Years later of course, we know all of this and so we will watch any new similar sequel with a large amount of  skepticism. But if you’re a horror film fan, you might go along with it all. From the trailers and early pictures it seemed that the new filmmakers this time really wanted to take what the first film had and push it up to eleven. Do we get that?

Okay so it does feel very much like the original but how could it not? It is shot hand-held, it is a group of young twentysomethings going into the woods looking for signs of unusual activity. What we have this time almost twenty years on, are much better CGI special effects which are added into what still looks like a very realistic low budget movie. Like the original, it does take a good while for anything disturbing to actually happen, and even then it isn’t much. Eventually though the witch leaves her mark and then things get shaken up for the group.

Even though this time around the young characters have better internet, smart phones, even drone cameras at their disposal it all feel so much like the original until the last hour or so. This is where it goes full ‘haunted house’ spook-show. All out confusion, panic and fear is before us, the characters are lost, terrified plucked off one by one. We do get to see much more of what could be the actual legendary famous Burkittsville witch this time. I suppose that it does all work very well, and is pretty terrifying right in this last twenty minutes. If you’ve seen the original, probably just constant de ja vu. If you have not seen the original, I think this film really will probably work very well.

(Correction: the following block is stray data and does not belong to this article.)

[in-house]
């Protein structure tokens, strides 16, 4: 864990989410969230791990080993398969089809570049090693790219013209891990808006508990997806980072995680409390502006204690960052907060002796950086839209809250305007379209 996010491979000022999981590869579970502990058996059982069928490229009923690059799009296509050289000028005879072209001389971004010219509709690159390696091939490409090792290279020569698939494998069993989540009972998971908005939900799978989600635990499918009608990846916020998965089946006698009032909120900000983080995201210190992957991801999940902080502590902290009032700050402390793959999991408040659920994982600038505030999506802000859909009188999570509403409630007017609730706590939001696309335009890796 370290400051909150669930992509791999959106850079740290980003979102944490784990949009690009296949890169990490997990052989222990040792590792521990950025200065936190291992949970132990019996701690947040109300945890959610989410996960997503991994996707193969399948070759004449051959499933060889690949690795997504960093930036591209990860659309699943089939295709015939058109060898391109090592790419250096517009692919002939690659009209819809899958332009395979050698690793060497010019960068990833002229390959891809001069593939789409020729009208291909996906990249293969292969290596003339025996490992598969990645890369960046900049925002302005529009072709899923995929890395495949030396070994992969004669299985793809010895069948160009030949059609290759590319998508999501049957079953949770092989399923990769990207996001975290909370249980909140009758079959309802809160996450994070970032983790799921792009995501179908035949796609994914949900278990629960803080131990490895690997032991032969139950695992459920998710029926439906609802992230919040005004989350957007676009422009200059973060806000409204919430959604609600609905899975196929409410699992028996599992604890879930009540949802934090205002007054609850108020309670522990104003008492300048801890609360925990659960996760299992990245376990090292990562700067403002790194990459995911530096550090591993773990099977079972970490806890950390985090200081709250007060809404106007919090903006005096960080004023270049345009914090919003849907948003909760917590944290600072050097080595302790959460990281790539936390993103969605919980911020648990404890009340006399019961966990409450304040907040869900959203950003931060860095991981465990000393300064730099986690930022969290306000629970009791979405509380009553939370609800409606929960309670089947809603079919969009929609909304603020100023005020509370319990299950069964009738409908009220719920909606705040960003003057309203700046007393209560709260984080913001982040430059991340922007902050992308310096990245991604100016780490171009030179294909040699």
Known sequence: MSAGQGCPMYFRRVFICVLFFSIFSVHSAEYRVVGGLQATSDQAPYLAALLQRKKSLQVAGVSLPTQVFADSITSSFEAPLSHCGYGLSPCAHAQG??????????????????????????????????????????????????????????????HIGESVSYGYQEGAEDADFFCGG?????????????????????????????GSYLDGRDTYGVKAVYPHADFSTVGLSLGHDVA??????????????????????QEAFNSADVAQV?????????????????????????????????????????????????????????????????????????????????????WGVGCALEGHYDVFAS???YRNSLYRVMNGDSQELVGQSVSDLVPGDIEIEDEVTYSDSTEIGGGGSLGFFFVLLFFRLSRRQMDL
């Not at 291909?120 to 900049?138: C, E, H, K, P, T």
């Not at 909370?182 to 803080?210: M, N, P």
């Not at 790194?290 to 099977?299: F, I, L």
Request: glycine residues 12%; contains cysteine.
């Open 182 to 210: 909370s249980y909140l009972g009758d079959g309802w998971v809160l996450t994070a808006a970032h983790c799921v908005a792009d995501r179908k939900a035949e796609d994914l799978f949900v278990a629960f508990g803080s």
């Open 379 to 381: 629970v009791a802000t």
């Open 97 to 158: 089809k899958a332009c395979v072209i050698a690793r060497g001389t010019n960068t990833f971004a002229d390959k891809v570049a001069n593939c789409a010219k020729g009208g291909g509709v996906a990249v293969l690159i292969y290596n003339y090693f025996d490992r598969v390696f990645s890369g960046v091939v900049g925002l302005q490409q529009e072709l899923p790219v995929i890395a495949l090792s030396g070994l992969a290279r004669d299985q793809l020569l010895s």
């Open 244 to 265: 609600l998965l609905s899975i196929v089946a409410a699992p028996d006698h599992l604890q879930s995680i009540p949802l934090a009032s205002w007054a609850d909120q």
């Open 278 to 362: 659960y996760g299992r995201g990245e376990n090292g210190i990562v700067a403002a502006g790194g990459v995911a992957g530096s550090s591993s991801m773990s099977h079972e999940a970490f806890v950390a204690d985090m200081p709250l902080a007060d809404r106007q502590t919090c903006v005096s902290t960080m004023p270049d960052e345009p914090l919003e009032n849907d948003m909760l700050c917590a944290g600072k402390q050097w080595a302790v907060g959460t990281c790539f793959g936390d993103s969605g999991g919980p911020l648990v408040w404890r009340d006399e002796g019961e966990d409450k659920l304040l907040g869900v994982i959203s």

I would I like to have seen them do something very different with this sequel? They could have gone somewhere else with the story, looked elsewhere into the legend of the witch and Burkittsville maybe. We’ve had the first sequel Book of Shadows which most people really hated (wait for it…I kind of like some of it somehow…I know, sorry). Is this the sequel we should have had back in 2000? Maybe it is for a number of reasons it didn’t happen back then. Should we get another sequel soon? I would go back to Burkittsville but dig around for something else next time…

James E. Parsons is author of SF books Orbital Kin & Minerva Century both available from all good bookshops now and online. His first horror novel Northern Souls is published this October.

 

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Frankenstein (2015) Film Review

There have been so many films over the decades based upon the hugely influential and famous book by Mary Shelley. This new version I watched a week ago does change things around just a little and because of this does bring some new things to the story.